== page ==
Why Outsourcing Accounting Will Give Your Company a Competitive Edge

 

Since arriving in the information technology world almost four decades ago, outsourcing has evolved into a key business practice across many industries. It’s no longer the butt of jokes, like when EDS and IBM set wheels in motion in the 1980s for companies to hand off internal routine computer maintenance and administration to overseas work centers.

Today, companies of all sizes and scopes engage in the strategic deployment of routine, redundant in-house tasks to a third-party provider. Typically, the selling point is reducing labor costs and headcount.

The business practice has made noticeable strides in the finance, human resource, procurement and legal sectors where business analysts project solid future growth. One reason is that outsourcing is more about improving business health than just saving a few bucks.

Increasing the value of the asset through outsourcing

A recent study by global strategic consultant Hackett Group notes that outsourcing some business procedures delivers 25-50 percent savings of baseline cost levels across most back-office processes. But there is more value to shifting the day-to-day, repetitive work outside a company than just cost savings, especially in finance, says Alan James, senior vice president at RealPage, Inc.

RealPage offers its multifamily and commercial customers SmartSource Accounting, a service that provides the manpower for back-office accounting functions. The service is not only an opportunity for operators to save money but to embolden its workforce to drive a bigger return on investment, James said.

Money spent on mid-level accountants can be reallocated to hire players who drive revenue growth and better position a property or portfolio – no matter its size – among its competitors while a service takes care of basic accounting functions.

“At the end of the day you’re trying to increase the value of the asset either for yourself as an owner or as the management company,” James said. “Where do you invest your human capital?”

Finance expected to increase outsourcing

Business as a whole is now viewing outsourcing as a means to get more mileage out of its personnel, which often comes at a premium with wages and benefits for companies to stay competitive.

The Wall Street Journal recently reported that Carhartt, Inc., outsourced its routine application maintenance and support to International Business Machines Corp. and transferred about two dozen support employees to handle project-based work. The move enables the company to utilize staff for more involved work, thereby earning a greater return on its workforce investment.

Also, a 2016 survey by Deloitte Development, LLC, notes that outsourcing has an impact beyond lowering costs, one that enables core business functions and solves capacity issues that help improve business. Nearly 60 percent of respondents from $1 billion-plus companies across the globe said outsourcing enables leaders to focus on core business. Most respondents said a big takeaway is driving change management.

The business practice is expected to grow across all sectors – particularly in finance, human resources and IT. Many respondents said they planned to invest more into working with third-party finance providers.

Working with a third party becomes a competitive advantage

James says his company’s product offers multifamily and commercial owners and managers an option to get out of the business of back-office accounting and use capital dollars allocated to personnel resources more strategically.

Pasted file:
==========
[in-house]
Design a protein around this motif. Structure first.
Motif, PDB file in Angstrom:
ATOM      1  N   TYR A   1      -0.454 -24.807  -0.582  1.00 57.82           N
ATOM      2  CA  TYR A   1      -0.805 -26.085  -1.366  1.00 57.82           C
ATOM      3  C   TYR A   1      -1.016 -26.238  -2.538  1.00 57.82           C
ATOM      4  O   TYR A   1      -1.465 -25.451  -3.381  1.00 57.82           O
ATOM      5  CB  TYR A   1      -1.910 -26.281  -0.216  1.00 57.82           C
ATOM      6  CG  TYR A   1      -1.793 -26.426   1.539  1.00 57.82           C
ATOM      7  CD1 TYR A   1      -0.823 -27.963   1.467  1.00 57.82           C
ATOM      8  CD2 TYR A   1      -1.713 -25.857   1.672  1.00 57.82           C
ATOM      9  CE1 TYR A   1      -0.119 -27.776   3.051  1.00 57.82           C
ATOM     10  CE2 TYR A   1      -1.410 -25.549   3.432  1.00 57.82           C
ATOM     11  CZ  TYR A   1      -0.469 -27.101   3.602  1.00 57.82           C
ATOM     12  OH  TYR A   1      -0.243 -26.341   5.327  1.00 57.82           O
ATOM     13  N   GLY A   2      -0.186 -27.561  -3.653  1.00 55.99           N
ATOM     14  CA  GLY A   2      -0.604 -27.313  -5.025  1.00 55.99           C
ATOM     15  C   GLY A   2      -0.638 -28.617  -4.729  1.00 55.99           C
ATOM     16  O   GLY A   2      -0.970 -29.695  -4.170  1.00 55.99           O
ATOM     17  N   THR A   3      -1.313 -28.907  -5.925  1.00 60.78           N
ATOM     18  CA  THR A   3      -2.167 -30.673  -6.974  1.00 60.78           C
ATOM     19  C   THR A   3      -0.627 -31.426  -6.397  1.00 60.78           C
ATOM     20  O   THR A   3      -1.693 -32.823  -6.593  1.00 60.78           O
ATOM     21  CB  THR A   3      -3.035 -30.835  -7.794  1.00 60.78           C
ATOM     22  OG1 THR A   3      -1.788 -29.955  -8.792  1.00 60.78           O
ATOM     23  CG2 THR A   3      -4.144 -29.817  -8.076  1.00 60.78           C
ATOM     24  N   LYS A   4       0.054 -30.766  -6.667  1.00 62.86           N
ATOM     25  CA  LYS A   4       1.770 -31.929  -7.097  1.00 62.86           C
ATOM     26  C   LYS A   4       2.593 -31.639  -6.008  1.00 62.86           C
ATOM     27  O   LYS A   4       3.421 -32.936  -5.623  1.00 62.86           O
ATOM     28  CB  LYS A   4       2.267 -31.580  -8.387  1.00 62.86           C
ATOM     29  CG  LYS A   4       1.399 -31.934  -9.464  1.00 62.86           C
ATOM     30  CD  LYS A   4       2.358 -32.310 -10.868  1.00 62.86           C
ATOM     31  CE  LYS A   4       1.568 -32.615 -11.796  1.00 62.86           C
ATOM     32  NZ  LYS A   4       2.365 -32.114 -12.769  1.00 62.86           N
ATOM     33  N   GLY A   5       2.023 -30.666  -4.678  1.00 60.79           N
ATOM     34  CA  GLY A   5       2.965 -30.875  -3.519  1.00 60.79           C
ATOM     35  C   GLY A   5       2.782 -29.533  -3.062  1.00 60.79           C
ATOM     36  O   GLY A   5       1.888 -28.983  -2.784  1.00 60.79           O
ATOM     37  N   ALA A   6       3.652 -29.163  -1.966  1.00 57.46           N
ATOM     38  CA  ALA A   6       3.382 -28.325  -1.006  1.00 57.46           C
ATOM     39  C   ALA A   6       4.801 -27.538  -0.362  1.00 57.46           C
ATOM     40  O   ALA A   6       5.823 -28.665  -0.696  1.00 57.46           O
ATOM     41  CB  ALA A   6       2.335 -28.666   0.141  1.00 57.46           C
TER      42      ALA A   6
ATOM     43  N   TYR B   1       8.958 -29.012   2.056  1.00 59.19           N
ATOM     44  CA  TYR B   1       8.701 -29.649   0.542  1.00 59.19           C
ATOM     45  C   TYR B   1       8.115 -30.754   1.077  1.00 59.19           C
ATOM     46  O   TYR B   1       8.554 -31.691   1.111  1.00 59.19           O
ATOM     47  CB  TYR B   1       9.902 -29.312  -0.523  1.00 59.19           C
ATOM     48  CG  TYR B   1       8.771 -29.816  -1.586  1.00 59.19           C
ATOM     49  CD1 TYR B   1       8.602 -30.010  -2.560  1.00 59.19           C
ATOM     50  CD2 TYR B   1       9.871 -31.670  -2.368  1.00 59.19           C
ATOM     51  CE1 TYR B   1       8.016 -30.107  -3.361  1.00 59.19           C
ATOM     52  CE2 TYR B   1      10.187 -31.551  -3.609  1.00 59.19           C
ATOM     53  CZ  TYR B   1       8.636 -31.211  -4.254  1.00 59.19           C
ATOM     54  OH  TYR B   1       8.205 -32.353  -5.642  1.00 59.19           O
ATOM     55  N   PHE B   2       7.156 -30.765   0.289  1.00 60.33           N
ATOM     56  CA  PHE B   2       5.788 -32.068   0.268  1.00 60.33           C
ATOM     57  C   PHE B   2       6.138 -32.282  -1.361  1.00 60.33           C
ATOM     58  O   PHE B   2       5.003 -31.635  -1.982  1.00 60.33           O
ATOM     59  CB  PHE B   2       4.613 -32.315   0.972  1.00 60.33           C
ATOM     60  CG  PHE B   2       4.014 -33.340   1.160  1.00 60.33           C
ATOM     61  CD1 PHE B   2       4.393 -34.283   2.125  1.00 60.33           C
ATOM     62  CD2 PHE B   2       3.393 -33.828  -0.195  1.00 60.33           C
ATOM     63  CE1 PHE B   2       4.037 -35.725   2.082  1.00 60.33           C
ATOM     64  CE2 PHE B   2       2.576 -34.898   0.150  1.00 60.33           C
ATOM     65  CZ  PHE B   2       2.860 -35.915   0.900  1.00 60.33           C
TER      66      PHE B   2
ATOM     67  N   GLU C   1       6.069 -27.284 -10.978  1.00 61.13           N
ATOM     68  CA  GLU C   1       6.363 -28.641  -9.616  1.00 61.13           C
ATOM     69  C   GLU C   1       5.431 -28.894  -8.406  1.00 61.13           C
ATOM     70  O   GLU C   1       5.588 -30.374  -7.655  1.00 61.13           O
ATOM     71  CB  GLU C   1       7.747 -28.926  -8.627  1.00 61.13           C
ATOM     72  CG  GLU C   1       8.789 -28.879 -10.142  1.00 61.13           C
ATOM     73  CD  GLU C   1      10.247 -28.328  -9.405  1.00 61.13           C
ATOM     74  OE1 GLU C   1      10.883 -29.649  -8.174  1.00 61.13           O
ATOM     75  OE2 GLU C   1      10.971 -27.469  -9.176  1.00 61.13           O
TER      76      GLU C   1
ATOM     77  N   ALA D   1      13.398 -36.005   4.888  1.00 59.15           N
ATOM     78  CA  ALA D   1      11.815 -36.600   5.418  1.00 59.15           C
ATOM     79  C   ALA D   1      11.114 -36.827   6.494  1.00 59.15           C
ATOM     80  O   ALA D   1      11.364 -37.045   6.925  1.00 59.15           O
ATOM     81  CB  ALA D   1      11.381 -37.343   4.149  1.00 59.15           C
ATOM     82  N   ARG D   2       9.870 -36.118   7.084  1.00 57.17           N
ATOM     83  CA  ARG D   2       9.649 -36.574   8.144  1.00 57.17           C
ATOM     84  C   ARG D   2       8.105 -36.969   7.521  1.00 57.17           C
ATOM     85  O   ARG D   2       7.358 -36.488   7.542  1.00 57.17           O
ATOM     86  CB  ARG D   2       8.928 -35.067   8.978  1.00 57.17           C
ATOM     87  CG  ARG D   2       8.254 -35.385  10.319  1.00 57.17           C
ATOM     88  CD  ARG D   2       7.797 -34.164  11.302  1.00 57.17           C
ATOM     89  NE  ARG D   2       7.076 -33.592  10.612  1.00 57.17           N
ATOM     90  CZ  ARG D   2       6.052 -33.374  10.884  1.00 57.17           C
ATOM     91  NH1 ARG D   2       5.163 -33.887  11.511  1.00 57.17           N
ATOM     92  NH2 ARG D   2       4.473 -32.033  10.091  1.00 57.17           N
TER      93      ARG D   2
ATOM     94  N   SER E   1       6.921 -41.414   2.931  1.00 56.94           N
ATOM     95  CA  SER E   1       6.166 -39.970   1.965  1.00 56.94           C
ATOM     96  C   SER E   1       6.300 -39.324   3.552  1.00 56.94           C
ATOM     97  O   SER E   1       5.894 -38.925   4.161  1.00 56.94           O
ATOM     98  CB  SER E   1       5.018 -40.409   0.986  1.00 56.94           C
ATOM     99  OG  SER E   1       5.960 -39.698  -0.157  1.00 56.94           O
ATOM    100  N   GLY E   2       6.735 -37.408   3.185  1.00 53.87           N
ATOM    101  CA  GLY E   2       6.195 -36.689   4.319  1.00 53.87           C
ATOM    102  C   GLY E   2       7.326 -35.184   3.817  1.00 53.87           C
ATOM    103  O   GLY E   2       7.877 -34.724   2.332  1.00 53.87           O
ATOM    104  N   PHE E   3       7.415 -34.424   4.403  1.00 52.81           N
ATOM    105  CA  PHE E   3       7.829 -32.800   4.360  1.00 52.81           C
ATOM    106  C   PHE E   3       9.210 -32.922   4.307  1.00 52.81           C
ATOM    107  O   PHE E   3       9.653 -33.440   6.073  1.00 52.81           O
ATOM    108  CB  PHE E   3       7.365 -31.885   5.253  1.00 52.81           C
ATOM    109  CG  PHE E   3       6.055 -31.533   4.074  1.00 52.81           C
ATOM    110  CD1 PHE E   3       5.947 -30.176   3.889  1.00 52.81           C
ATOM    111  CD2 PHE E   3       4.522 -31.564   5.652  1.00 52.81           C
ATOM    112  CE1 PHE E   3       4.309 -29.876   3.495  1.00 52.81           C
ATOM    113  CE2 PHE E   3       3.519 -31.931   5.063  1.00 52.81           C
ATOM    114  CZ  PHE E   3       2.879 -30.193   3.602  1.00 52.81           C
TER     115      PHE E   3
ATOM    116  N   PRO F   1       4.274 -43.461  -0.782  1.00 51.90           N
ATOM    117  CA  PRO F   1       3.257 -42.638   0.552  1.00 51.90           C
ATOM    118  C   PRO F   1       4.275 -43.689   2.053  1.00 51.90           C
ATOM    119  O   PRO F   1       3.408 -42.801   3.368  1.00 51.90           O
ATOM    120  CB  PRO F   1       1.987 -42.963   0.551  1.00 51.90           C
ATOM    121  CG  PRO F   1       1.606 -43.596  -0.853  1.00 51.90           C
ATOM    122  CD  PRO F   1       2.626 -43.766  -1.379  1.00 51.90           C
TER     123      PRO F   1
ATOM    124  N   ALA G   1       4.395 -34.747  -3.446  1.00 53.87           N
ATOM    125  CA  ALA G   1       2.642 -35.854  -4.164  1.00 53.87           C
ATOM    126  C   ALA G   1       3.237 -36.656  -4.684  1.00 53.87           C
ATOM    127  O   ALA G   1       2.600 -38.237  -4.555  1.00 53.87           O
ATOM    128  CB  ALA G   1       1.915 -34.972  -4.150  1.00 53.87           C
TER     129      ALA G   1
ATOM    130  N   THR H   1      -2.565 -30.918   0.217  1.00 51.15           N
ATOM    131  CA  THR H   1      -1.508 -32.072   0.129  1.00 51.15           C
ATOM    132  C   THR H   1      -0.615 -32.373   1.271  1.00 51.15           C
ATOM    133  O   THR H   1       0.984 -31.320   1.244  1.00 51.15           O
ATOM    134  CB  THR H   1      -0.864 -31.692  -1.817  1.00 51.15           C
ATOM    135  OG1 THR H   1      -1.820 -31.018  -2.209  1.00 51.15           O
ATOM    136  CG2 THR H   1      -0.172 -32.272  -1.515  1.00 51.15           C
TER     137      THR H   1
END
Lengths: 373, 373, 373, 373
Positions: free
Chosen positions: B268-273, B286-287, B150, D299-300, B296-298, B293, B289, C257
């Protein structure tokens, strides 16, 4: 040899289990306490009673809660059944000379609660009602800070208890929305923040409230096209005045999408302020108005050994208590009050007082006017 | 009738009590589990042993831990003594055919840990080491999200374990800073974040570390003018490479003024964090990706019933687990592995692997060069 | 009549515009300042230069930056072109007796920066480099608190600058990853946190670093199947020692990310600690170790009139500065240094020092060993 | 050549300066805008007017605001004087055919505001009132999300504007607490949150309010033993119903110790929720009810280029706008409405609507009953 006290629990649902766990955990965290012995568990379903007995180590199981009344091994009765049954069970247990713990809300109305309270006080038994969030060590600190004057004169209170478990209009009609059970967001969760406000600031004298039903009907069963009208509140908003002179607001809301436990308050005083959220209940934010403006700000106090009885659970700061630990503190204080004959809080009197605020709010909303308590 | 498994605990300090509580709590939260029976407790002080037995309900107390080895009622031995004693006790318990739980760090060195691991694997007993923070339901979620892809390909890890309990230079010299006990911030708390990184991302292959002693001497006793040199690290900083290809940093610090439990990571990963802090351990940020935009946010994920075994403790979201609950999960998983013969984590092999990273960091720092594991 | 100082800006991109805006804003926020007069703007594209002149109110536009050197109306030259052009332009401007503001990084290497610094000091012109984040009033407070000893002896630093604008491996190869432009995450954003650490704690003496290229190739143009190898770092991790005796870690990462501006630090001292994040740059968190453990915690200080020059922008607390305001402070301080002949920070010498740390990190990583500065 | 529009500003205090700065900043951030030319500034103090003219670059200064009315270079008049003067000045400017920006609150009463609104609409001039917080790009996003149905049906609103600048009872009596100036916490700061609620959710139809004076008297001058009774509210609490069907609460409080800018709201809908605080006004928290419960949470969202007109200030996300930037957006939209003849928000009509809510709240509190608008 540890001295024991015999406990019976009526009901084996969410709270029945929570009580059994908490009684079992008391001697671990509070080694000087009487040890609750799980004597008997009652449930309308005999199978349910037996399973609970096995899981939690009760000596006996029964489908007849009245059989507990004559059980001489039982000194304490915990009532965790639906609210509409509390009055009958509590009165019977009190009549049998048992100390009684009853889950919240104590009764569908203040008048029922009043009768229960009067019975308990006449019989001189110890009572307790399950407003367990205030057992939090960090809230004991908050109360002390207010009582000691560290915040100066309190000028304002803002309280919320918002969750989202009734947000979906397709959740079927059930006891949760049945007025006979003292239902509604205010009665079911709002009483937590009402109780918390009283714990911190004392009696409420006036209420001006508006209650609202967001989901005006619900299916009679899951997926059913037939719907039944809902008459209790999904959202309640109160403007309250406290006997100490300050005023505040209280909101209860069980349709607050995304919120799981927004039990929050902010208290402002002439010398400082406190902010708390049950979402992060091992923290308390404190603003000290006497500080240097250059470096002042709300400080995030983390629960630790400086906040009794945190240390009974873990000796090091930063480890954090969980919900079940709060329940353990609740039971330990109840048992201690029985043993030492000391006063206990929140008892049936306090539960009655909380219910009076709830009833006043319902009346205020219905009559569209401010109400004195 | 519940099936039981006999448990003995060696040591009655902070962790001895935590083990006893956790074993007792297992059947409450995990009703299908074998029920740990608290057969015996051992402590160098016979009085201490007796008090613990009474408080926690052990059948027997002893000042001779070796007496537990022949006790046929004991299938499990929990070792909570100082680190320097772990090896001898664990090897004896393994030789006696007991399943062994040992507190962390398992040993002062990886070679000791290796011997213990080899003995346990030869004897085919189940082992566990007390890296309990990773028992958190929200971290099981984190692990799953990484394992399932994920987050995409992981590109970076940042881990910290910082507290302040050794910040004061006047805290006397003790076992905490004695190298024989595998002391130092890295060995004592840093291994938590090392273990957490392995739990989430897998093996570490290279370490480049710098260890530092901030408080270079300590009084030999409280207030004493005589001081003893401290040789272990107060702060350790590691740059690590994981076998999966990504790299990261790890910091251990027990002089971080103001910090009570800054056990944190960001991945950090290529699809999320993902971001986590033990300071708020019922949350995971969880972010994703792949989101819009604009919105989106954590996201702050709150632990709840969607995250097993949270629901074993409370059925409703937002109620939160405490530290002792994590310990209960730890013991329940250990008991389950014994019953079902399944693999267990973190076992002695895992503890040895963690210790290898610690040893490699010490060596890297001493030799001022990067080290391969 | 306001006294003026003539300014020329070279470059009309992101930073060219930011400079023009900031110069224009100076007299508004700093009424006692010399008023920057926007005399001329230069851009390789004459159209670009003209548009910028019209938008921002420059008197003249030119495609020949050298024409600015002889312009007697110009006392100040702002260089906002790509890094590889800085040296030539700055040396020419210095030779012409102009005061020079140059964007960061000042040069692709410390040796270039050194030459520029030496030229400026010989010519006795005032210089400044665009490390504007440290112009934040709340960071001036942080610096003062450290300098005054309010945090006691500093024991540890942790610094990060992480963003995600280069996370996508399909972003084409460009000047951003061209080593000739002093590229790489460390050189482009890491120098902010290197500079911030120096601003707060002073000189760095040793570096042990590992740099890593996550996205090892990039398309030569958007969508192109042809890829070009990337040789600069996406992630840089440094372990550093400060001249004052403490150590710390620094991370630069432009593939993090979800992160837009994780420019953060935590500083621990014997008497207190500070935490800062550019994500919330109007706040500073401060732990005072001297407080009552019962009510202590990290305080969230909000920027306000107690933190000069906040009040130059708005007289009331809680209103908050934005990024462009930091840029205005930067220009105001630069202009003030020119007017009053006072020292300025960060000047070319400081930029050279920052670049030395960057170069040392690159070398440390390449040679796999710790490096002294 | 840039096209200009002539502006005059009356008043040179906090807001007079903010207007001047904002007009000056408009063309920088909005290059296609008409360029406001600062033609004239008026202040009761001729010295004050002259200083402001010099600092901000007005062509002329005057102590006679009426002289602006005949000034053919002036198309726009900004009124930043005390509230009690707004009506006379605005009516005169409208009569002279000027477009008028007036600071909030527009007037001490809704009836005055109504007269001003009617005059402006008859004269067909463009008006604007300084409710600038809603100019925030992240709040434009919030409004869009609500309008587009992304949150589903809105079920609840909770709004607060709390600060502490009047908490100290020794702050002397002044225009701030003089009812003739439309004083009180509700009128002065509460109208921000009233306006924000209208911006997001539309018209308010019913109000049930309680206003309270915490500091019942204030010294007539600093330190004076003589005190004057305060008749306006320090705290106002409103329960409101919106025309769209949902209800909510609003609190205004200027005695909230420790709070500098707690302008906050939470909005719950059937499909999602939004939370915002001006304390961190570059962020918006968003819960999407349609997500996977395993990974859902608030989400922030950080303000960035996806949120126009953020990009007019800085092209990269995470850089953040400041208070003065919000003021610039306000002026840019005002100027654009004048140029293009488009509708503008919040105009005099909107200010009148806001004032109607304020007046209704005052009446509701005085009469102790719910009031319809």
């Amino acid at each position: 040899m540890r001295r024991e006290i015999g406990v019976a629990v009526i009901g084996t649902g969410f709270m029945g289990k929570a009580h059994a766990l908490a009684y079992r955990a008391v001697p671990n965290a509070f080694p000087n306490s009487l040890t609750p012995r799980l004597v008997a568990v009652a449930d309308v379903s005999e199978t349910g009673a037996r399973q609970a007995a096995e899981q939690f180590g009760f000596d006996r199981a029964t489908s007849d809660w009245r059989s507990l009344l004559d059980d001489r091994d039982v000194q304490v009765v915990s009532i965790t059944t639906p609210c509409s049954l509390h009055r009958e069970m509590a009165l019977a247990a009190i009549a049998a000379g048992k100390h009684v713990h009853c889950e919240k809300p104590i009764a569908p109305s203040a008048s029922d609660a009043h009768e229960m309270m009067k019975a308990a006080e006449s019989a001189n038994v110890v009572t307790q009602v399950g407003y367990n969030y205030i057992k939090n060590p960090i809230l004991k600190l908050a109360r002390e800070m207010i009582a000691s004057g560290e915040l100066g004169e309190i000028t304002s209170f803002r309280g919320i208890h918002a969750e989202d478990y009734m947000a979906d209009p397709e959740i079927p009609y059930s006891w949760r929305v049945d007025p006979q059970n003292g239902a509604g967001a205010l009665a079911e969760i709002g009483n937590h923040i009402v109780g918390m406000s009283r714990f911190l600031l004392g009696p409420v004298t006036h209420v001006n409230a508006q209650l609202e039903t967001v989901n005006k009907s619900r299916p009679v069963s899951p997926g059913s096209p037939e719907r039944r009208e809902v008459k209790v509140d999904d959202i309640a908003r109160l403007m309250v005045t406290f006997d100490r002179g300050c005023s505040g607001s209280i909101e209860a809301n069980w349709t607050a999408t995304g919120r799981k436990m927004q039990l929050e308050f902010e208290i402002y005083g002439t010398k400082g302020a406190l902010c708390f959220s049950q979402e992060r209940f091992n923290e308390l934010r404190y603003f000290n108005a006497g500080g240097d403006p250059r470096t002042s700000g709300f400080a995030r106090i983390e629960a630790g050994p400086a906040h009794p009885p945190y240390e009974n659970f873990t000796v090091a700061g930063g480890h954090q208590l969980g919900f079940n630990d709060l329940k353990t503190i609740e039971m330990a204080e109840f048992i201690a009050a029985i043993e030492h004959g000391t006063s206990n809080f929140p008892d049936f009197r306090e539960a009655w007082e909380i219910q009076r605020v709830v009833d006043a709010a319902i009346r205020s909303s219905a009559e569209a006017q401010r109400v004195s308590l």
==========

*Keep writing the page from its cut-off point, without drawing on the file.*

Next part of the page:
The service handles accounts payable, accounts receivable, general ledger entry and other routine functions using accountants who are specially trained in property accounting

James says SmartSource Accounting allows operators to focus on more strategic pursuits, like searching for the next deal or improving the customer experience without being encumbered by fluctuating accounting capacity demand

And with today’s tight labor market, outsourcing makes more sense than it has in the past.

“Real estate is gaining traction,” he said. “The reason it’s gaining traction is it makes financial sense. And once you get over the perceived risk that it’s no longer my employee, and find out the quality of work and timeliness is as good or better, it becomes a competitive advantage.”

The question of where to invest a company’s human capital

While a third-party company handles the day-to-day accounting tasks, financial leaders can spend less time managing and more diving deeper into the numbers to better administer the health of the company, James says. Payroll dollars also can be shifted to job creation that has more of an impact on the company’s market position and performance.

Simply, he says, it’s a question that owners and operators of real estate need to consider in an increasingly competitive world.

“Am I better off protecting my human capital and investing in the personnel who can drive value of an asset for me or the owners I represent, or putting it into back office accounting personnel that are performing tactical type processing?”

 


Contributing Editor, Property Management Insider
President, Ballpark Impressions, LLC

author photo two

Tim Blackwell is a long-time publishing and printing executive in the Dallas/Fort Worth area who writes about the multifamily housing and transportation industries. He has contributed numerous articles to Property Management Insider, and worked as a newspaper reporter in the D/FW area. Blackwell is president of Ballpark Impressions, and publishes the Cowcatcher Magazine. He is a member of the Fort Worth Chapter/Society of Professional Journalists.

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